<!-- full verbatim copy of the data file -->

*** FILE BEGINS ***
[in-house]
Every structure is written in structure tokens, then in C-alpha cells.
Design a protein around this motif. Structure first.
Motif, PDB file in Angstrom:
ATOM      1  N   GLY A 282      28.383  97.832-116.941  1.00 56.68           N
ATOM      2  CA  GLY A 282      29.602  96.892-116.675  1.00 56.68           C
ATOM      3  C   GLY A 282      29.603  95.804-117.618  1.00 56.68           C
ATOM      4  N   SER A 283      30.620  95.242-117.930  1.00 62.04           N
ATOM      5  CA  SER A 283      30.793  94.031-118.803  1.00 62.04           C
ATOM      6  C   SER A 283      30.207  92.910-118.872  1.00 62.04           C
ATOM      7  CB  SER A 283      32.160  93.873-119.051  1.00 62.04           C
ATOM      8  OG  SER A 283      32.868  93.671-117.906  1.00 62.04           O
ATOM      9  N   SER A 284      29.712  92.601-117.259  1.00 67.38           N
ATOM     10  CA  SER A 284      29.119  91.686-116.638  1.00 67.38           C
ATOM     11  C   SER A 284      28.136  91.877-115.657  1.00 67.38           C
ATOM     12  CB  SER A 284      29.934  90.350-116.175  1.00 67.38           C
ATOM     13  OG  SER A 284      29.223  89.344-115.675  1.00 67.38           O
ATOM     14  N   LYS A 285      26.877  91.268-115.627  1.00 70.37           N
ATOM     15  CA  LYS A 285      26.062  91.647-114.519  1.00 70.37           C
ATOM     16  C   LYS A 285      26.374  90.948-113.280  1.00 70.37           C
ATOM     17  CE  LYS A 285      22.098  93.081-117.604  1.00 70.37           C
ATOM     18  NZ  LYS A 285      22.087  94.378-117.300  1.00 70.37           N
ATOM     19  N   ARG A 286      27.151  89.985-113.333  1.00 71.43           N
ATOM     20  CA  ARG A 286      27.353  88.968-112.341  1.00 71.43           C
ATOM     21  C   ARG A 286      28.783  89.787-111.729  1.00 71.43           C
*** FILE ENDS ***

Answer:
[in-house]
Every structure is written in structure tokens, then in C-alpha cells.
Design a protein around this motif. Structure first.
Motif, PDB file in Angstrom:
ATOM      1  N   GLY A 282      28.383  97.832-116.941  1.00 56.68           N
ATOM      2  CA  GLY A 282      29.602  96.892-116.675  1.00 56.68           C
ATOM      3  C   GLY A 282      29.603  95.804-117.618  1.00 56.68           C
ATOM      4  N   SER A 283      30.620  95.242-117.930  1.00 62.04           N
ATOM      5  CA  SER A 283      30.793  94.031-118.803  1.00 62.04           C
ATOM      6  C   SER A 283      30.207  92.910-118.872  1.00 62.04           C
ATOM      7  CB  SER A 283      32.160  93.873-119.051  1.00 62.04           C
ATOM      8  OG  SER A 283      32.868  93.671-117.906  1.00 62.04           O
ATOM      9  N   SER A 284      29.712  92.601-117.259  1.00 67.38           N
ATOM     10  CA  SER A 284      29.119  91.686-116.638  1.00 67.38           C
ATOM     11  C   SER A 284      28.136  91.877-115.657  1.00 67.38           C
ATOM     12  CB  SER A 284      29.934  90.350-116.175  1.00 67.38           C
ATOM     13  OG  SER A 284      29.223  89.344-115.675  1.00 67.38           O
ATOM     14  N   LYS A 285      26.877  91.268-115.627  1.00 70.37           N
ATOM     15  CA  LYS A 285      26.062  91.647-114.519  1.00 70.37           C
ATOM     16  C   LYS A 285      26.374  90.948-113.280  1.00 70.37           C
ATOM     17  CE  LYS A 285      22.098  93.081-117.604  1.00 70.37           C
ATOM     18  NZ  LYS A 285      22.087  94.378-117.300  1.00 70.37           N
ATOM     19  N   ARG A 286      27.151  89.985-113.333  1.00 71.43           N
ATOM     20  CA  ARG A 286      27.353  88.968-112.341  1.00 71.43           C
ATOM     21  C   ARG A 286      28.783  89.787-111.729  1.00 71.43           C